Author:
Tiffany Hale
Subject:
Elementary Mathematics
Material Type:
Lesson
Level:
Upper Elementary
Tags:
Adding Decimals, Lesson Plan
License:
Creative Commons Attribution Non-Commercial Share Alike
Language:
English
Media Formats:
Text/HTML

Education Standards

Adding Decimals Lesson Plan

Adding Decimals Lesson Plan

Overview

In this lesson students will learn how to add decimals to the hundredths place.

 

 

 

Image by Tiffany Hale

Summary

In this lesson students will be learning how to add decimals while ordering pizzas with variable toppings.  This face-to-face lesson should take 45-60 minutes.  

By: Tiffany Hale

Image by: Tiffany Hale

 

Background for Teachers

To teach this lesson, you will need an understanding of place value including decimals. This lesson should follow an exploration lesson of adding decimals using concrete models or drawings and strategies based on place value.

Students may struggle to remember that there is no oneths place.  Review the dollar and cent symbols and how they are used. 

 

Step 1 - Goals and Outcomes

Step 1 Goals and Outcomes

 

Learning Intentions:

  • Students will be able to use their understanding of place value to add decimals in real world application.

Success Criteria:

  • Students will be able to add decimals to the hundredths place using monetary amounts.

 

Step 2 - Planning Instruction

Step 2 Planning Instruction

Student Background Knowledge

  • Prior to this lesson, students will need to have an understanding of place value with decimals to the hundredths place.  

Materials Needed for Each Student:

  • worksheet(s)
  • highlighters/colored pencils (3 different colors)
  • pretend money (optional)
  • base ten blocks (optional)

Strategies for Diverse Learners

Some students may find it helpful to use manipulatives such as base ten blocks or pretend money.  I have also included a worksheet with simpler problems and an optional page with place value tables. 

Step 3 - Instruction

Step 3 Instruction

Teacher Model:  Choose a topping to add to the starting price of the pizza ($5.99). Note: The pizza topping prices are intentionally written with many zeros missing in the ones place and hundredths place. This is to ensure that students are stacking the numbers correctly before adding them.

 

Color/highlight the digits in the hundredths place (pennies) pink, the digits in the tenths place (dimes) yellow, and the digit in the ones place (dollar bills) green. (Any colors work, these are just the colors I like to use.)   Draw a table and highlight three columns with the same colors used previously. Name the place value as you highlight each value.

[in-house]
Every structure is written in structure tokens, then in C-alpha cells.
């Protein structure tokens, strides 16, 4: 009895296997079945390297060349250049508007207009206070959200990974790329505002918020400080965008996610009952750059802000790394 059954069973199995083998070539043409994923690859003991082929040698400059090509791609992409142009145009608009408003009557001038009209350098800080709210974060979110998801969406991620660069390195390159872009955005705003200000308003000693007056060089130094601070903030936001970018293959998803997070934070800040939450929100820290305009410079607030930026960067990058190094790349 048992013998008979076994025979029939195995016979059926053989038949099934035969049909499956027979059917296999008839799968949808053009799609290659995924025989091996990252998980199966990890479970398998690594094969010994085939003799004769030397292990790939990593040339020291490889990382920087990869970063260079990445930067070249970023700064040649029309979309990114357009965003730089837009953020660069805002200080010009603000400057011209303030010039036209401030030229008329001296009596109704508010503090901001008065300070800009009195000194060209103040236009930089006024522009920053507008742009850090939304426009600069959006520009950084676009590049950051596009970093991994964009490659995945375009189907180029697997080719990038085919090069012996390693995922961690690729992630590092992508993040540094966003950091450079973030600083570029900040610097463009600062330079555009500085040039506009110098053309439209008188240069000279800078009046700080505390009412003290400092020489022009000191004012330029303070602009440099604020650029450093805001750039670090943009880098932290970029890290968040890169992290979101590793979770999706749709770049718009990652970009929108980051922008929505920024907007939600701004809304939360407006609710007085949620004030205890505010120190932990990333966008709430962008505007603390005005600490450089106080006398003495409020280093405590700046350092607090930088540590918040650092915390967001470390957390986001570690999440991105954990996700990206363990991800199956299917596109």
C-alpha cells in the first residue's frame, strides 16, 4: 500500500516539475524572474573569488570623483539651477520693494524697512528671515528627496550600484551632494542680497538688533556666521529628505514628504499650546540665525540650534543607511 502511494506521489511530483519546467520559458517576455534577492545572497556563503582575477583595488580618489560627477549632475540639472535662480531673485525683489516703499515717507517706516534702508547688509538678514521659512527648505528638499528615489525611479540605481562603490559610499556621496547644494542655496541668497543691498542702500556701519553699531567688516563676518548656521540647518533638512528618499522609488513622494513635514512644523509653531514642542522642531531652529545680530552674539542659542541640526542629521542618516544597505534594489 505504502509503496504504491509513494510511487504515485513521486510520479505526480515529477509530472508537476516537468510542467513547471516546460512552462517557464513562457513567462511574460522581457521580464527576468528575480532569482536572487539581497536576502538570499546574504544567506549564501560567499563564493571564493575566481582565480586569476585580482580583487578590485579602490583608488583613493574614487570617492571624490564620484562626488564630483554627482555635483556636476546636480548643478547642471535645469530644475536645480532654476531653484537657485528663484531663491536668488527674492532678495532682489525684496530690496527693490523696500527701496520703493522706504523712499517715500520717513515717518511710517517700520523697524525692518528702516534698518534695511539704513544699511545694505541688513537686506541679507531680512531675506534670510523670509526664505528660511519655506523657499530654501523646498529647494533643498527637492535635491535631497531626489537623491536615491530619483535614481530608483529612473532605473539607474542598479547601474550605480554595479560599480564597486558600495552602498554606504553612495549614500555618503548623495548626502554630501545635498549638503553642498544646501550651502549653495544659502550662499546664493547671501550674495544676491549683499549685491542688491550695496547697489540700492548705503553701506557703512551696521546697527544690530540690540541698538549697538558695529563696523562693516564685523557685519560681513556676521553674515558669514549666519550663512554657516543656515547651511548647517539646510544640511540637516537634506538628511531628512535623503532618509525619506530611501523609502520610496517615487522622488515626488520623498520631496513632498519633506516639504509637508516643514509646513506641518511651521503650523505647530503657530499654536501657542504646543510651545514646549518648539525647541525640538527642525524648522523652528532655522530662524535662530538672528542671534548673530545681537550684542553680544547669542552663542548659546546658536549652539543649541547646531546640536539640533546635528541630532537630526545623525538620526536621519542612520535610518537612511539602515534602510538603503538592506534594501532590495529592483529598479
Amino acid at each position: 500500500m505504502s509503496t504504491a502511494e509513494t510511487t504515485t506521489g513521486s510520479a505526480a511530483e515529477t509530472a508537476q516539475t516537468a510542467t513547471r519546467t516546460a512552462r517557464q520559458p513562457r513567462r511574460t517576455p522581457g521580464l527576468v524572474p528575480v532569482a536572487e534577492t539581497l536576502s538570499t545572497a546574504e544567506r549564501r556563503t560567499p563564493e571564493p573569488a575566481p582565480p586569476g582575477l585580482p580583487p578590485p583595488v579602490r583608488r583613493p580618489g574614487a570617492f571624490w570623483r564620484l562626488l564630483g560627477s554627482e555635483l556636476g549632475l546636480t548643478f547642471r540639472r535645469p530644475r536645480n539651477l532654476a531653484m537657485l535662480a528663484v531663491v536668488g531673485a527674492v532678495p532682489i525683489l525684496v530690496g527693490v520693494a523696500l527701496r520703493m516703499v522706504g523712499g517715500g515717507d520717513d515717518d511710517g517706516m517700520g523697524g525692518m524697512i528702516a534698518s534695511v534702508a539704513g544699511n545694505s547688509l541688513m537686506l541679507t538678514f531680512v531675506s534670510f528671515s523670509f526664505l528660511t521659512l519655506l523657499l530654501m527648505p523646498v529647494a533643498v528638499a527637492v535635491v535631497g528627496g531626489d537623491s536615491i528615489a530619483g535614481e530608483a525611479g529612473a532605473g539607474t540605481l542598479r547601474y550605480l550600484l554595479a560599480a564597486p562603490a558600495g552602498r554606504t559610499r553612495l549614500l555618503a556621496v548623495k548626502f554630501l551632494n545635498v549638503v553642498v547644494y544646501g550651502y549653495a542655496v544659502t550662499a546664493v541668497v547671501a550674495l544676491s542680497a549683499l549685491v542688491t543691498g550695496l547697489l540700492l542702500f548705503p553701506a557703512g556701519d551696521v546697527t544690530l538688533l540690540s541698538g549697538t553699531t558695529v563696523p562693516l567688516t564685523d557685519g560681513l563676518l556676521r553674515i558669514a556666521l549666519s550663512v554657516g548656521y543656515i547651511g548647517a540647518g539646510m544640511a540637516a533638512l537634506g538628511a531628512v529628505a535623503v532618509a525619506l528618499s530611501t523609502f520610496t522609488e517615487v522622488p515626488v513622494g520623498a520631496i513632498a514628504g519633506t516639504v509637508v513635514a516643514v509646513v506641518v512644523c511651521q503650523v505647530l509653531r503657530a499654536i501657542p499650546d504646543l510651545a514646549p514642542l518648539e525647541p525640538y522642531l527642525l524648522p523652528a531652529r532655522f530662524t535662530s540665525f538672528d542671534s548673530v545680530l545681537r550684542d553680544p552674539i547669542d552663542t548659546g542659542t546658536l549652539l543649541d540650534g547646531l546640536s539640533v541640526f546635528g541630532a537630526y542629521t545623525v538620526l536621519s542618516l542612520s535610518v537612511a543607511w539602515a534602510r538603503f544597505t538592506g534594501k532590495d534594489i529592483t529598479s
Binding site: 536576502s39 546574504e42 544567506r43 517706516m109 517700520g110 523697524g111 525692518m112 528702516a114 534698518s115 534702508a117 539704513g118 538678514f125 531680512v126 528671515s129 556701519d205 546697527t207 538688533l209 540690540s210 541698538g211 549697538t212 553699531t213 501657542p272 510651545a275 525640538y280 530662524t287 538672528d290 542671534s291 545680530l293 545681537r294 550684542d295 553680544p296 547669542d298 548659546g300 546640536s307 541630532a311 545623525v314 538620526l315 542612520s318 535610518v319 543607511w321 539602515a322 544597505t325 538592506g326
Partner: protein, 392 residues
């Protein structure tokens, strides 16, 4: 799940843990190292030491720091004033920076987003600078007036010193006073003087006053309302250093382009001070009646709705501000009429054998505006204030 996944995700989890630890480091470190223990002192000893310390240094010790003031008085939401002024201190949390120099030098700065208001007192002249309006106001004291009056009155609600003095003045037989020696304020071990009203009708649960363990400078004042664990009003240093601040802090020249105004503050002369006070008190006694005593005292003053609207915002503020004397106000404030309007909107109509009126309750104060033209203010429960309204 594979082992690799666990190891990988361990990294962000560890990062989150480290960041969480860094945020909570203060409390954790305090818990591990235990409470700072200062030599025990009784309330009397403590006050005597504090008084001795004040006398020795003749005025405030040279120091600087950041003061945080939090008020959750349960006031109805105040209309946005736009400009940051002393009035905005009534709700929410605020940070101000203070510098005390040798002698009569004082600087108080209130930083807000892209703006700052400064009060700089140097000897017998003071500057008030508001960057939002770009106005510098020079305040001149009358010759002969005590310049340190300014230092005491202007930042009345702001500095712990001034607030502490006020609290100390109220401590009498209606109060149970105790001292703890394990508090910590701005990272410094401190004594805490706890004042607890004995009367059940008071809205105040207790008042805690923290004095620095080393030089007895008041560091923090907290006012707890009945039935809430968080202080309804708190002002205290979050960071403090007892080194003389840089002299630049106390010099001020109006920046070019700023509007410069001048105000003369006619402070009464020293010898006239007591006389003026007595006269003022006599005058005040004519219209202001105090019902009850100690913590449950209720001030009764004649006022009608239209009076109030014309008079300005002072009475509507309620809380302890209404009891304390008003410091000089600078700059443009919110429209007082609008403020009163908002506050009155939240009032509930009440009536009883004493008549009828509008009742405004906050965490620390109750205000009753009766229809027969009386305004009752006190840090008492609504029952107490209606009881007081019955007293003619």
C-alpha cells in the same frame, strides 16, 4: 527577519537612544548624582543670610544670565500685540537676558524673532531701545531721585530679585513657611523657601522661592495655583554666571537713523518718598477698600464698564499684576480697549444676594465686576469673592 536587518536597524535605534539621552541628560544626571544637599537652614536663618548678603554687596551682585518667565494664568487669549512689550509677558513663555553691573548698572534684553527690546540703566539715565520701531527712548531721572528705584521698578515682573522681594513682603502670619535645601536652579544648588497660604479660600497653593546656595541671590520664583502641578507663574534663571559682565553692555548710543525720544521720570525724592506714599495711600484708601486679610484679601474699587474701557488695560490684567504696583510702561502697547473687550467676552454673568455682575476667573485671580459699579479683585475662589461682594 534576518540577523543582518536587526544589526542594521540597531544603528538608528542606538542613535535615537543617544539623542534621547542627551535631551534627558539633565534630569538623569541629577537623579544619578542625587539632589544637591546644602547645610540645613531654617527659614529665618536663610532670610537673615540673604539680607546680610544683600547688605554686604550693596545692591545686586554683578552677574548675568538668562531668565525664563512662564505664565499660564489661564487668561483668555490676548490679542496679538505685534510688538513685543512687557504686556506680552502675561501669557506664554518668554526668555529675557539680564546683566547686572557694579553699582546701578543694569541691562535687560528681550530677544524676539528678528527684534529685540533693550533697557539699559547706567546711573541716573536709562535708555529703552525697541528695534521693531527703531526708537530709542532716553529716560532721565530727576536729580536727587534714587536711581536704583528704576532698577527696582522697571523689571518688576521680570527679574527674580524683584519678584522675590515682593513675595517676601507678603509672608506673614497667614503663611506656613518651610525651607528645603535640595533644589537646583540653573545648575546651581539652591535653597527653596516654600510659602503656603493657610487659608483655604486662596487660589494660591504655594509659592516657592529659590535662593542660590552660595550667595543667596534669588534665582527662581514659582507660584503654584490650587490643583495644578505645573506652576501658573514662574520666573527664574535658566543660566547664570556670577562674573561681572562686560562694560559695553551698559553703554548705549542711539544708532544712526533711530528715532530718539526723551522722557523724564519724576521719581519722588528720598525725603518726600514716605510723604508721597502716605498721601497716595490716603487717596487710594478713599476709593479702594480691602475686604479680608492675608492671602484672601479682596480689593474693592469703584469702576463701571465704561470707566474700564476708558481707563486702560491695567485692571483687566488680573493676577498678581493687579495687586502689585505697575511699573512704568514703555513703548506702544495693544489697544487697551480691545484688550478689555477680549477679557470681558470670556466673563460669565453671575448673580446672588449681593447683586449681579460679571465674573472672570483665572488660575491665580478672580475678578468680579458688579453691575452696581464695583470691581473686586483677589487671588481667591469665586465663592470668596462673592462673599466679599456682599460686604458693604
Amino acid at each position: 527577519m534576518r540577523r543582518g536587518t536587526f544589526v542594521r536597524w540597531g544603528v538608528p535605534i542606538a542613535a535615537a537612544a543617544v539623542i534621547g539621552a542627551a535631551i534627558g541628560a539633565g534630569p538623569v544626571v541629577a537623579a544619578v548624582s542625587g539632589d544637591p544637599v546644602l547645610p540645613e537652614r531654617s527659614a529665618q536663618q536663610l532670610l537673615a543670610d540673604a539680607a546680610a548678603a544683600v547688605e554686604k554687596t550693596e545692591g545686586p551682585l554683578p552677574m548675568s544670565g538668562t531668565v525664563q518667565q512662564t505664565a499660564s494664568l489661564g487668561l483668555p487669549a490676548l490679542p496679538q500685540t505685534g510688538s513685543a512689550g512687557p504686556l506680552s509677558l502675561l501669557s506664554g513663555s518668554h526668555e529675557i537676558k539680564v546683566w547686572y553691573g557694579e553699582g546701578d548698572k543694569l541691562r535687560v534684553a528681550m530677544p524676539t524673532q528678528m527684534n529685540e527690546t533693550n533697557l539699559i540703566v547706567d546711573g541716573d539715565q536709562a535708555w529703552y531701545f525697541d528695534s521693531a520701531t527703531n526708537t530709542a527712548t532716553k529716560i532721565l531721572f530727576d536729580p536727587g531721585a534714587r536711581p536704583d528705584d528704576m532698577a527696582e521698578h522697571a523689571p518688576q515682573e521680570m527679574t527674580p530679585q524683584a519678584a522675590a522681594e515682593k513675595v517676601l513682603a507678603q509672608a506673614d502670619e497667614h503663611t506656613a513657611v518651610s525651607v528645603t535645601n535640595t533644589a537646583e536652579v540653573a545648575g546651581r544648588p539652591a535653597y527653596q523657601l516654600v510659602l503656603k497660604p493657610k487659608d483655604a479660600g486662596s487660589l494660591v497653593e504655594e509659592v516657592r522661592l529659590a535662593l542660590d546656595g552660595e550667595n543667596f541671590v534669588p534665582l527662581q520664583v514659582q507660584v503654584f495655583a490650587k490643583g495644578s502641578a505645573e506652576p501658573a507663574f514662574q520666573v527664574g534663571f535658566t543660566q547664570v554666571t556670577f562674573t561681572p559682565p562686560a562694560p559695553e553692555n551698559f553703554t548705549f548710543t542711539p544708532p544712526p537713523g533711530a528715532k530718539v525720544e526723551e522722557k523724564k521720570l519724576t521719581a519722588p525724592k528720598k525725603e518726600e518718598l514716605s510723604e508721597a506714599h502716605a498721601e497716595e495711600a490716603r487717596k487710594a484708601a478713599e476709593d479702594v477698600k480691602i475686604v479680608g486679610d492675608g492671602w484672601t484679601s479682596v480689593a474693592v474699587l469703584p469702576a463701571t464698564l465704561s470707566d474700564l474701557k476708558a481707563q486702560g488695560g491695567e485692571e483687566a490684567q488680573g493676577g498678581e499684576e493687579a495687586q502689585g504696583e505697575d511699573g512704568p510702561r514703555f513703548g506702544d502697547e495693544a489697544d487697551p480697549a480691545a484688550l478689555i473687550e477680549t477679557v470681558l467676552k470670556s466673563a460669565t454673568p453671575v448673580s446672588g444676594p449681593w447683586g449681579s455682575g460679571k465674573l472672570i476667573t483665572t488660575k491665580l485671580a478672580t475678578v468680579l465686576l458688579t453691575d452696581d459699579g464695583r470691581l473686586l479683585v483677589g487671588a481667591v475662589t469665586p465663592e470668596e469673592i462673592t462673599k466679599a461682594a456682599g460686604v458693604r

Next stack the digits on top of each other keeping the pennies in the pink column, the dimes in the yellow column, and the dollar bills in the green column.  Make sure to place the decimal in the correct spot. 

 

Then add the pennies first.  If you add the hundredths and there are more than 10 pennies, you will need to exchange those 10 pennies for a dime.  If any pennies remain, they stay in the  pennies column.   Place the dime in the dimes column.  To do this write a +1 at the top of this column and highlight it yellow. 

 

Next, add all the dimes together.  If they combine to make more than a dollar, exchange 10 of those dimes into a dollar bill and add a +1 on top of the ones column and highlight it green.  Make sure to leave the remaining dimes in the tenths column

(See Adding Decimal Example in Resources)

We Do Together: Pick an additional topping to add to the new price of the pizza. Have the students help highlight the digits and place them in the correct columns.  Then solve the problem together.   

 

We Do Together: Pick an additional topping to add to the new price of the pizza. Remind the students to use their highlighters and have them try to solve the problem on their own.  Then have them share their answer with their neighbor and explain/show how they solved it.  If students need more practice add an additional topping to the pizza.  Some students may find it helpful to use manipulatives such as base ten blocks or pretend money.

 

You Do: Students complete the worksheet. Remind them that they may use concrete models or drawings and other strategies based on place value to solve these problems.  There are challenge problems on the bottom of the worksheet for students who finish early.  

 

When students finish, they need to find a classmate to check their work. They can switch papers and double check each other’s math work, or they can explain to their classmate how they solved each problem.

 

Debrief:  As a class, determine which order was the most expensive and the order that was the least expensive.  Have a few students share how they found the price of one of the pizzas they ordered or the total amount of money needed for the all three pizzas.   Choose students who use different strategies and draw attention to connections between these strategies.  Remind them to use the place value terminology while they are sharing.  

Step 4 - Assessments

Step 4 Assessments

 

Make observations during the practice part of the lesson to determine how many problems to work through together. While students are completing the worksheet, note which student may still be struggling and provide extra scaffolding. Allow students to share their learning with peers.  Give a summative quiz at the end of the lesson to gauge student mastery. They may use concrete models or drawings and other strategies based on place value to solve these problems.